From: Titus McHunt on 16 Aug 2006 14:26
"Ivor Jones" <ivor(a)despammed.invalid> wrote in message
>> I have yet to meet anyone who has stopped using their
>> mobile whilst driving. I imagine the majority here do
>> too, if they are honest.
> I use mine, but only when it's in a handsfree car kit (Nokia
I wear a Bluetooth earpiece in each ear and I have a boom mic extending
across the wheel, plus a blue light on the roof.
I carry a baseball bat in the boot, have a shaven head and tatoos on my
And I help my landlady carry out her garbage.
From: Ivor Jones on 16 Aug 2006 14:26
"David Taylor" <davidt-news(a)yadt.co.uk> wrote in message
> On 2006-08-15, R. Mark Clayton
> <nospamclayton(a)btinternet.com> wrote:
> > Well they could always start by issuing themselves with
> > FPN's whenever they use their push to talk half duplex
> > personal radios while driving and it isn't an emergency
> > - but oops I forgot it is one law for them and another
> > law for the rest of us see:-
> Er, no. As you quoted below it is the same law for them
> and us.
> It is entirely legal for a police officer to use a
> two-way radio whilst driving, just as it is entirely
> legal for _you_ to use a two-way radio whilst driving.
Provided that (a) it is one for which you hold a licence or (b) a 446MHz
BTW I use a handsfree kit for my amateur radio as well as my phone.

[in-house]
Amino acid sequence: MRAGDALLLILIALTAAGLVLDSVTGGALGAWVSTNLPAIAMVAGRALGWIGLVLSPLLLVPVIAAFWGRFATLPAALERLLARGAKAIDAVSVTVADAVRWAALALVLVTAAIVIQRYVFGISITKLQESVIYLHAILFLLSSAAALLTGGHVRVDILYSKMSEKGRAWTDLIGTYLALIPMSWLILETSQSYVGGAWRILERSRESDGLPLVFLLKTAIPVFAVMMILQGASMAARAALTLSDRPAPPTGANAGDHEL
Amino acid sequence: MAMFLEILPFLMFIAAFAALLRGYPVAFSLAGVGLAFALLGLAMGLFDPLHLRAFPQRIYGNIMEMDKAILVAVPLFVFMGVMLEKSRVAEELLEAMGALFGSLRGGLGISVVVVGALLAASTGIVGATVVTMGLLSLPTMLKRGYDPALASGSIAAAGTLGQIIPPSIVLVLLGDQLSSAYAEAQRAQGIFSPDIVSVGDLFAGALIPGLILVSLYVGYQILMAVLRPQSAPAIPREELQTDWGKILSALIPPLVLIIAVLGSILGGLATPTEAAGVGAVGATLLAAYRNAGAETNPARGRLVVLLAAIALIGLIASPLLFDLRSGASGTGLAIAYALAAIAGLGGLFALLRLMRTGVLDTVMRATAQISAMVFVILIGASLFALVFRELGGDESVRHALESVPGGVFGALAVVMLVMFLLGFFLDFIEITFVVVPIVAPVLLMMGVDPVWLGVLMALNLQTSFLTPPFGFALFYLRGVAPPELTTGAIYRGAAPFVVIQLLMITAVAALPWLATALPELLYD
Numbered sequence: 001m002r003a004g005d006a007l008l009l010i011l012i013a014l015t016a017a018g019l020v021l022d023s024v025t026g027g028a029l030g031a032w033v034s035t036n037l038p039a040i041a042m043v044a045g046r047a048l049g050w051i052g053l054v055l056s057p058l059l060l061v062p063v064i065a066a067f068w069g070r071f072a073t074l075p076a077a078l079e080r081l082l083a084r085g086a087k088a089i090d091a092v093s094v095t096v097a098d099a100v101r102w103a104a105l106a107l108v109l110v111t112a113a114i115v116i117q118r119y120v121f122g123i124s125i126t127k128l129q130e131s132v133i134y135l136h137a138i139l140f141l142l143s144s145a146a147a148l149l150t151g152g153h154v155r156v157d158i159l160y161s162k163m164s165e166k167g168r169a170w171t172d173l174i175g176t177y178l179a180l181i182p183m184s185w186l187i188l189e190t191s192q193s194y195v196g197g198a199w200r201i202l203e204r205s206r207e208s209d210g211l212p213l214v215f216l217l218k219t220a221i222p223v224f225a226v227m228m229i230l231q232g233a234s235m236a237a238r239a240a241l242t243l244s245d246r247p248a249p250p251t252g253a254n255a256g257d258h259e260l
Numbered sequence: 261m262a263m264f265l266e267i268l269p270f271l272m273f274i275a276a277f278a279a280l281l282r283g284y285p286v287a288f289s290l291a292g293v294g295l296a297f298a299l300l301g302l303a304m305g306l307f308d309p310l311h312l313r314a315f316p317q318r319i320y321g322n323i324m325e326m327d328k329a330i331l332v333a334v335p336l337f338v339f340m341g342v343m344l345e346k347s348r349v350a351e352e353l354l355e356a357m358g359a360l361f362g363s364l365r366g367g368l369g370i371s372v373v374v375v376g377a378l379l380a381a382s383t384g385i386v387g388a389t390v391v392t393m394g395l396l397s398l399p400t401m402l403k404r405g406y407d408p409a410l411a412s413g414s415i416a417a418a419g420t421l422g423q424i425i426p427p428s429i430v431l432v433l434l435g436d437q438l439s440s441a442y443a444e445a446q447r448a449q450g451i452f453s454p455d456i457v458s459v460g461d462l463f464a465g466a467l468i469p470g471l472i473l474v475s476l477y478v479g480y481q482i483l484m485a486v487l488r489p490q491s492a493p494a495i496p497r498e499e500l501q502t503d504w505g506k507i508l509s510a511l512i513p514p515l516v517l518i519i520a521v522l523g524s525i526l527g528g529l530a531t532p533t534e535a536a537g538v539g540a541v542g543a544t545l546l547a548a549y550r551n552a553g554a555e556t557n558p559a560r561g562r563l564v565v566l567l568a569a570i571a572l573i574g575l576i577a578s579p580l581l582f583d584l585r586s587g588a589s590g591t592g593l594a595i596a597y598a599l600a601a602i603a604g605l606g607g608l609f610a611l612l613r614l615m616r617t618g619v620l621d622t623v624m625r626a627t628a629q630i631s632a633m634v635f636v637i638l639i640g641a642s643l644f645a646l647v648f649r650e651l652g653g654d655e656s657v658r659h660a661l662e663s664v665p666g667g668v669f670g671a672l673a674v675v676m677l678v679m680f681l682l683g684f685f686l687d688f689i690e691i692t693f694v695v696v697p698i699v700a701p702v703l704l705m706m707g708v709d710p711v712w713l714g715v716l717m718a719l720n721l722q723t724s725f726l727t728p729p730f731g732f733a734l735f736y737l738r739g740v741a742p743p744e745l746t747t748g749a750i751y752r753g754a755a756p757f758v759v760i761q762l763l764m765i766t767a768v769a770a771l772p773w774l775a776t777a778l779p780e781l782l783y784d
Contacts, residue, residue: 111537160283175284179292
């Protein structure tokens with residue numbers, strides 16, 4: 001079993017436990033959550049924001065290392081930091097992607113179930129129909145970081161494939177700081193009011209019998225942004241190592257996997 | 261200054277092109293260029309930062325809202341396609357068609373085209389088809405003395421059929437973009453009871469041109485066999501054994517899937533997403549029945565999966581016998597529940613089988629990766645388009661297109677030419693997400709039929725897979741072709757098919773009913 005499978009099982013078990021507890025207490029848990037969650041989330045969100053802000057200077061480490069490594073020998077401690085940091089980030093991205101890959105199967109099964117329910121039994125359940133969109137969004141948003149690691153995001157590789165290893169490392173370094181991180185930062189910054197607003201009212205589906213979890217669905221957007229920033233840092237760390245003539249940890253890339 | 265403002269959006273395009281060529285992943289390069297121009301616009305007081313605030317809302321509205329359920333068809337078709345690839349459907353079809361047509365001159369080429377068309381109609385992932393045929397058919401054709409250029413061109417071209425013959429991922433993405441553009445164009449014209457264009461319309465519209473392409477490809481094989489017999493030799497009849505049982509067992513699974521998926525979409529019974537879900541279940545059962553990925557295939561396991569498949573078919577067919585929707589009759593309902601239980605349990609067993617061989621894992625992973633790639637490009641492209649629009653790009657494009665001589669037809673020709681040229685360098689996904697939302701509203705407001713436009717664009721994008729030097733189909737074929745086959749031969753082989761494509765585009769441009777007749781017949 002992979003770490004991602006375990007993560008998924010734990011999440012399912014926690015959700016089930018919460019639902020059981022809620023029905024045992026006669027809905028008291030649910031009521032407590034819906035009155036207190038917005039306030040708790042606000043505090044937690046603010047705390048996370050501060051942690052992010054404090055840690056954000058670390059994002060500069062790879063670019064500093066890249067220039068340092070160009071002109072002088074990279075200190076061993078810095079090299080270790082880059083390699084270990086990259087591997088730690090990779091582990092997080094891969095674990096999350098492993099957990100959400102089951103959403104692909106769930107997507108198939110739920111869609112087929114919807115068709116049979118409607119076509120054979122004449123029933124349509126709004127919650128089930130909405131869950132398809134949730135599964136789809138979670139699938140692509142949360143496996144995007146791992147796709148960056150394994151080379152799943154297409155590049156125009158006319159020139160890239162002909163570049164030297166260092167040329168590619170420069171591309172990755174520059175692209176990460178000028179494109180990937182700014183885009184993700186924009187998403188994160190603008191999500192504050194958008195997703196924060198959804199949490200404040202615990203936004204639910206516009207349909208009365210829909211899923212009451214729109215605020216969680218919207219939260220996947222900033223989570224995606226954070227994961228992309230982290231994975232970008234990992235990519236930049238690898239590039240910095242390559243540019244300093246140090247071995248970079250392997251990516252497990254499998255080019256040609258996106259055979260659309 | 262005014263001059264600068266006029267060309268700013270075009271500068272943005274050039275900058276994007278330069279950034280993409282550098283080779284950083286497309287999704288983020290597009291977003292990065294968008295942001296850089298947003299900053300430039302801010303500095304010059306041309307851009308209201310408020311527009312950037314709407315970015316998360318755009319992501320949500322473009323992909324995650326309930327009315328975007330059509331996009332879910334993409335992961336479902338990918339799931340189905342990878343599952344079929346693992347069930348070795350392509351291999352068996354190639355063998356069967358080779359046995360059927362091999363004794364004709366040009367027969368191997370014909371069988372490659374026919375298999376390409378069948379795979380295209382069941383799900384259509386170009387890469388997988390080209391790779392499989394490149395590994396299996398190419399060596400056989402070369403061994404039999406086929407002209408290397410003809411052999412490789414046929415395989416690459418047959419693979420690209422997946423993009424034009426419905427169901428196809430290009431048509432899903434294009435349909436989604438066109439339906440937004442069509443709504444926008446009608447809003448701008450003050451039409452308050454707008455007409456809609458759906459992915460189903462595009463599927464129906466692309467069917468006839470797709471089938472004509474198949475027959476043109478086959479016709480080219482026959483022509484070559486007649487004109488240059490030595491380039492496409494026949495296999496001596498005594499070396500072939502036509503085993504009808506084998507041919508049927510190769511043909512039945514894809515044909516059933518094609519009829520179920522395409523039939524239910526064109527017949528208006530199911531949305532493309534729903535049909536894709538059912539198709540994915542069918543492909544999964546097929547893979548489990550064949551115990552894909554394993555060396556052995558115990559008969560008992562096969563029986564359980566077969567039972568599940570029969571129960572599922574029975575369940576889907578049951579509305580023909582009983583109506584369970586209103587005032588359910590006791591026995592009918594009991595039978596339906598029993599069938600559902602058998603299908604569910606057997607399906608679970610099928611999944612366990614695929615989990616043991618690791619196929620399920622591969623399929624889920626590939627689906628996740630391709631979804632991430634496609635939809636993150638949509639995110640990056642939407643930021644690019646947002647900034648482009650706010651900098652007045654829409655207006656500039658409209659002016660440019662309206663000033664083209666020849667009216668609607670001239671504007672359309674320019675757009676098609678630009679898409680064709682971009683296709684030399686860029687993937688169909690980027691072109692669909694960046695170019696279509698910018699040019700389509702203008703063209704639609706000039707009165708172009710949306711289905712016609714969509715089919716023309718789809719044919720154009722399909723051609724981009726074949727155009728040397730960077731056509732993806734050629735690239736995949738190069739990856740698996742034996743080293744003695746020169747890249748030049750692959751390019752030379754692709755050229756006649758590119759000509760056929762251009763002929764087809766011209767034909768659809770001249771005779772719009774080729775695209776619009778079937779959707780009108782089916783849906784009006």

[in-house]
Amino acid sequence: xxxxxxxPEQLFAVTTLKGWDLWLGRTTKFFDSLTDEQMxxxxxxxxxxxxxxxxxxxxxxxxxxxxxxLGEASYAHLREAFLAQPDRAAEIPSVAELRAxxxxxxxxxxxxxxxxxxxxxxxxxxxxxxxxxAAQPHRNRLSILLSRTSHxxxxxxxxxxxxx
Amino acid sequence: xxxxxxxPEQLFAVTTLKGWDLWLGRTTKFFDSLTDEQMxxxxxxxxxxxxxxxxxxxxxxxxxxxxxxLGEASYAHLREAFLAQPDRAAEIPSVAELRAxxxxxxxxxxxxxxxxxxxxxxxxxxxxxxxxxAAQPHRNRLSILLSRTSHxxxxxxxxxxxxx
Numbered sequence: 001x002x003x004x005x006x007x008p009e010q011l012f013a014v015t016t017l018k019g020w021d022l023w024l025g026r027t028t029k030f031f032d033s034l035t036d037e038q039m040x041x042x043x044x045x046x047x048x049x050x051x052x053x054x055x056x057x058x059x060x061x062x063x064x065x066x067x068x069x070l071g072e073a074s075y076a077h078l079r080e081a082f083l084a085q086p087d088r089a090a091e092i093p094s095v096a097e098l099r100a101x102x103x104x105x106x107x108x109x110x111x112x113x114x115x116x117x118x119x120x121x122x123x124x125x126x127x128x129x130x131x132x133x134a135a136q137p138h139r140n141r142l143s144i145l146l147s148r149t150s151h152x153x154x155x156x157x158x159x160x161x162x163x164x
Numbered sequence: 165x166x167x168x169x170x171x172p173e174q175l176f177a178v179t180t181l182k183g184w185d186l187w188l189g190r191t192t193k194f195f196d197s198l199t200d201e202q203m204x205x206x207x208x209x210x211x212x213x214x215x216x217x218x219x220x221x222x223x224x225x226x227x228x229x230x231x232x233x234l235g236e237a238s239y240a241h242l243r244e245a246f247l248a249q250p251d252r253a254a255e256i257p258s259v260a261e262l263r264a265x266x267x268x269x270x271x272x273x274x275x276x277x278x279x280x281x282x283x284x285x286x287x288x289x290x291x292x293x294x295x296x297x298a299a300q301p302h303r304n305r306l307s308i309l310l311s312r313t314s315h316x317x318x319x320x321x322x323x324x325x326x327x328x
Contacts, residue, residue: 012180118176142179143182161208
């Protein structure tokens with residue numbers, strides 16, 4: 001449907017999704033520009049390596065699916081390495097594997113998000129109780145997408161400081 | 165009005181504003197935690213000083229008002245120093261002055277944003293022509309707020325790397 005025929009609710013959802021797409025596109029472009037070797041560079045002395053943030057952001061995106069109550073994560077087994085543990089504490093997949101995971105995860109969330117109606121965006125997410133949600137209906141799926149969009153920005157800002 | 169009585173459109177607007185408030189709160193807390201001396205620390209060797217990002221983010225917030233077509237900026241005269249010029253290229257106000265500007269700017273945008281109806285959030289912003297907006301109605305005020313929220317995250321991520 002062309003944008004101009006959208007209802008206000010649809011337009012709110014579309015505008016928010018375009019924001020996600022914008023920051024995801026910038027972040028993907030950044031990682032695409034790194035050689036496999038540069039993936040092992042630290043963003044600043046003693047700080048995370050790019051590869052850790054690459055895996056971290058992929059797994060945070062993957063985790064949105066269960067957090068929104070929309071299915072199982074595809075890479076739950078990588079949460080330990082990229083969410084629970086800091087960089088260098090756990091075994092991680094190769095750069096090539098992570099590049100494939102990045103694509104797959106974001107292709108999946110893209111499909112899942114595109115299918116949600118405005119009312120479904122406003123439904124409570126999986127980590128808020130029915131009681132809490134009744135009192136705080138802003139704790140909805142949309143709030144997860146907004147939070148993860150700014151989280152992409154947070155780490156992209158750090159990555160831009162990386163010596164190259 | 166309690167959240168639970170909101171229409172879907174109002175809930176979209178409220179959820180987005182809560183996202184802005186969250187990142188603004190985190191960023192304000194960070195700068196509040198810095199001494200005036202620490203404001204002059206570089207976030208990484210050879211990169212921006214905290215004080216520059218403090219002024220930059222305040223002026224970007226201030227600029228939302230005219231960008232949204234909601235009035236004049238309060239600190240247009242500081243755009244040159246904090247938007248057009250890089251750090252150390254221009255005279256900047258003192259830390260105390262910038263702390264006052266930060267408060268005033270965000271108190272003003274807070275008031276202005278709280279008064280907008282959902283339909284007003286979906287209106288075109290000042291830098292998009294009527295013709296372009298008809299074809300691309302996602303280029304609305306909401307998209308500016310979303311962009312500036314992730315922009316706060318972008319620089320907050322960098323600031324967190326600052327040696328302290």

From: Ivor Jones on 16 Aug 2006 14:29
"Steve" <no(a)way.com> wrote in message
> Police dont use 2 way radios and so are covered by the
> regulations. 2-way radios are so defined by the name,
> they send and recieve data/voice between 2 radios, ie the
> ones you buy for your kids while out camping.
From: PC Paul on 16 Aug 2006 15:22
> PM wrote:
>> But was she using one? If not, why would she say
>> "I think it must be (someone following me home) as that's the only
>> way they would find out where you live."
>> Following her home from where? From where she used (someone else's)
>> mobile while driving? Otherwise why not assume it's a random attack
>> on a parked car?
> The part: "(following me home)" looks like an context insertion by the
> writer of the article, rather than necessarily being what the victim
> said, otherwise it could simply have been rendered as:
> "I think it must be someone who followed me home as that's the only
> way they would find out where I live" (or words to exactly the same
> effect) without the need for brackets.
Damn clever inserting it into the video I saw of her being interviewed.
These journo's, eh?
From: Simon Finnigan on 16 Aug 2006 15:33
> On Tue, 15 Aug 2006 17:06:45 GMT, "burt"
> <burtthebike(a)blueyonder.co.uk> wrote:
> I have yet to meet anyone who has stopped using their mobile whilst
> driving. I imagine the majority here do too, if they are honest.
You obviously know idiots. I do not, have not and will not use my mobile
when driving. Hands free kits are IMHO an appalling idea - they do not
remove the distraction of trying to hear a poor quality call with drop out
(which is according to a few studies the main reason mobile phones distract
drivers, not the actual conversation). A hands free kit gives a driver the
impression that they are being sensible and safe and paying full attention
to the road, which is still not the case.
If a call is important, it`s important enough either for me to wait for the
next services (for gods sake, don`t stop on the hard shoulder to take a
phone call - it`s not exactly the safest place in the world is it?) or for a
caller to leave me a voicemail, which I`ll get at the next services.